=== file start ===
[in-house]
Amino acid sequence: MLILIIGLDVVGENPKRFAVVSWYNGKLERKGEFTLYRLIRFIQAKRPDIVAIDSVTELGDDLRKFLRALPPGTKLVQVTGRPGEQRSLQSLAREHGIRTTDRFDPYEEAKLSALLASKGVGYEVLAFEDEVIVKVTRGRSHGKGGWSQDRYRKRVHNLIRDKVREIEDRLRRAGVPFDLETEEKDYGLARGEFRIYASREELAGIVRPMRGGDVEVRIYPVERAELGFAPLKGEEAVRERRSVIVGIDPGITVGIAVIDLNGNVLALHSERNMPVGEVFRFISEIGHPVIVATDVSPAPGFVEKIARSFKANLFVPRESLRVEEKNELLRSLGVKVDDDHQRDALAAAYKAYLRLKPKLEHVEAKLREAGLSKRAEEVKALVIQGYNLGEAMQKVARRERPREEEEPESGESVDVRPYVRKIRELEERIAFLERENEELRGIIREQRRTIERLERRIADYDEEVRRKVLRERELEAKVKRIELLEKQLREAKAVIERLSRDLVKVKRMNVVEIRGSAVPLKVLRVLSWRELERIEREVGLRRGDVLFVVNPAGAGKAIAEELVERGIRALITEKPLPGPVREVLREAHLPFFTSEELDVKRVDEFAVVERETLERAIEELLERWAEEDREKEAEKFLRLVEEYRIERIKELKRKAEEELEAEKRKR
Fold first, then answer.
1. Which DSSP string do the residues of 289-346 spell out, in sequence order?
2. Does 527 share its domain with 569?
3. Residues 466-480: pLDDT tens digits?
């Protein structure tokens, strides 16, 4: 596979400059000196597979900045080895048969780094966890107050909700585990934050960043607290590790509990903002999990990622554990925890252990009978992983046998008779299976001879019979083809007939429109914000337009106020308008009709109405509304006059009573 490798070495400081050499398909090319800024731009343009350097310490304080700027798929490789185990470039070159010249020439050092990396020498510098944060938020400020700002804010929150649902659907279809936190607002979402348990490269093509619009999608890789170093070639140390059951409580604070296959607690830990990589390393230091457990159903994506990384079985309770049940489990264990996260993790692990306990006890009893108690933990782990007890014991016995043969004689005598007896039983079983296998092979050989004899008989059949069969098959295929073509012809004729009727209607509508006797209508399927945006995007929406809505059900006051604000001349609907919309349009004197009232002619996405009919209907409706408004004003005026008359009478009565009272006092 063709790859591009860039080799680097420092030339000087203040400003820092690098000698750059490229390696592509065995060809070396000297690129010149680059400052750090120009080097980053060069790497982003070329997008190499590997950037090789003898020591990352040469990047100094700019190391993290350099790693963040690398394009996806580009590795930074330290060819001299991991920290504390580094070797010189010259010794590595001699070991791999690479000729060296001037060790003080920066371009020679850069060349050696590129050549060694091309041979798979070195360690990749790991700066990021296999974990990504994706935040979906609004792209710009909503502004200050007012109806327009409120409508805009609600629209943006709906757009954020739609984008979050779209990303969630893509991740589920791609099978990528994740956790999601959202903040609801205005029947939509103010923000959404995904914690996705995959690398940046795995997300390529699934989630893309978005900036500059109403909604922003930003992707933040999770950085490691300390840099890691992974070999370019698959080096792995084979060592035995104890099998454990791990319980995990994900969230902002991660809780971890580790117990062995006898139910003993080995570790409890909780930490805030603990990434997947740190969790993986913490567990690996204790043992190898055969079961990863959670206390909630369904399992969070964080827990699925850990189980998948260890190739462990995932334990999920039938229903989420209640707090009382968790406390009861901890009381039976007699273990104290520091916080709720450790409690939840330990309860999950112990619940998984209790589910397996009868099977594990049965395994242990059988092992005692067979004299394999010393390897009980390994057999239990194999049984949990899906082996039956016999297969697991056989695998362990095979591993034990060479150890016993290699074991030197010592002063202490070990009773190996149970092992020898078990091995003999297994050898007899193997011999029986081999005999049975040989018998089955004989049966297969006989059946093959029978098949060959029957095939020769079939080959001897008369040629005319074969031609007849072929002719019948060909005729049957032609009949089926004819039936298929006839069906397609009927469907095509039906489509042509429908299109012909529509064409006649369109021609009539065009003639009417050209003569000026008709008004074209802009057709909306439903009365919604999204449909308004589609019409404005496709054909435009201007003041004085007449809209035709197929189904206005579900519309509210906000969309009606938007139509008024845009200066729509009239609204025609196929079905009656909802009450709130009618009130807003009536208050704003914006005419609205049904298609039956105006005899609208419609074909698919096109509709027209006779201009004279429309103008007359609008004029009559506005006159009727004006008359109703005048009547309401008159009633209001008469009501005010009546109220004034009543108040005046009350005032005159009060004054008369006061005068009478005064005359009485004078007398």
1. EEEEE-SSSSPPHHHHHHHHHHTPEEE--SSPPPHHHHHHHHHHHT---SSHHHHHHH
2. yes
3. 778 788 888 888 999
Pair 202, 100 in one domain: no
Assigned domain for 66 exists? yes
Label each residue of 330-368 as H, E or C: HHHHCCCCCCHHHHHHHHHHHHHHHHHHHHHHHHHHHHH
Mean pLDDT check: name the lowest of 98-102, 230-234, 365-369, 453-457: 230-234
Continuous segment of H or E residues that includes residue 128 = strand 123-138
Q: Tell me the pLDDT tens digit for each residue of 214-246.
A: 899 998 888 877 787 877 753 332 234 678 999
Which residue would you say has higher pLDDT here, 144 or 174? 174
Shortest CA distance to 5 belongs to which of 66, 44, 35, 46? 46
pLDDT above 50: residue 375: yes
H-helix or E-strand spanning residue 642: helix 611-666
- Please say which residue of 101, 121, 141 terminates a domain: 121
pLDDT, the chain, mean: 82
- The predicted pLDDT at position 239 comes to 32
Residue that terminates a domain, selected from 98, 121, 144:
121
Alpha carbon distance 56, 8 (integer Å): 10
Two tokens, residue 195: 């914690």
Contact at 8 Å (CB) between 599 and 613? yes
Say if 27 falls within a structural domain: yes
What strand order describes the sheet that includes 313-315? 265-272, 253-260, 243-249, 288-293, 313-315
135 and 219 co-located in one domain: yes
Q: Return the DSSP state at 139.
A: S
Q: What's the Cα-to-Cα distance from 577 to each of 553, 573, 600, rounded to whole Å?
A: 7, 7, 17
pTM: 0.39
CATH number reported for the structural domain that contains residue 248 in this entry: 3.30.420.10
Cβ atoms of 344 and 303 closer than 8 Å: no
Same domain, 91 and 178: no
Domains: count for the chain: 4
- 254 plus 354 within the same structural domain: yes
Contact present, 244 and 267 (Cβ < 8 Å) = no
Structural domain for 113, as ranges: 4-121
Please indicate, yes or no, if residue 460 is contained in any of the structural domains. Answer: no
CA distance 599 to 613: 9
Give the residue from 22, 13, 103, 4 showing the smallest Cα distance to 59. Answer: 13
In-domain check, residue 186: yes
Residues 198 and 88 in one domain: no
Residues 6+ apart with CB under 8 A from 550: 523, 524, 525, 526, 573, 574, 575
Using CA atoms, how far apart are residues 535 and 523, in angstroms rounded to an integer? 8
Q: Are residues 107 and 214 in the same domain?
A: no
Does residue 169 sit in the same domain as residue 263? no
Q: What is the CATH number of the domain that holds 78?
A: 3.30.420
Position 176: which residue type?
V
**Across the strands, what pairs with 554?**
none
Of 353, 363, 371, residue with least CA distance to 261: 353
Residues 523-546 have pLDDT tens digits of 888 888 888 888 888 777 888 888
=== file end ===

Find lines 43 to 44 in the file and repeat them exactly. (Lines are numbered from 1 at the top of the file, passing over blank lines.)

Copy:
Contact present, 244 and 267 (Cβ < 8 Å) = no
Structural domain for 113, as ranges: 4-121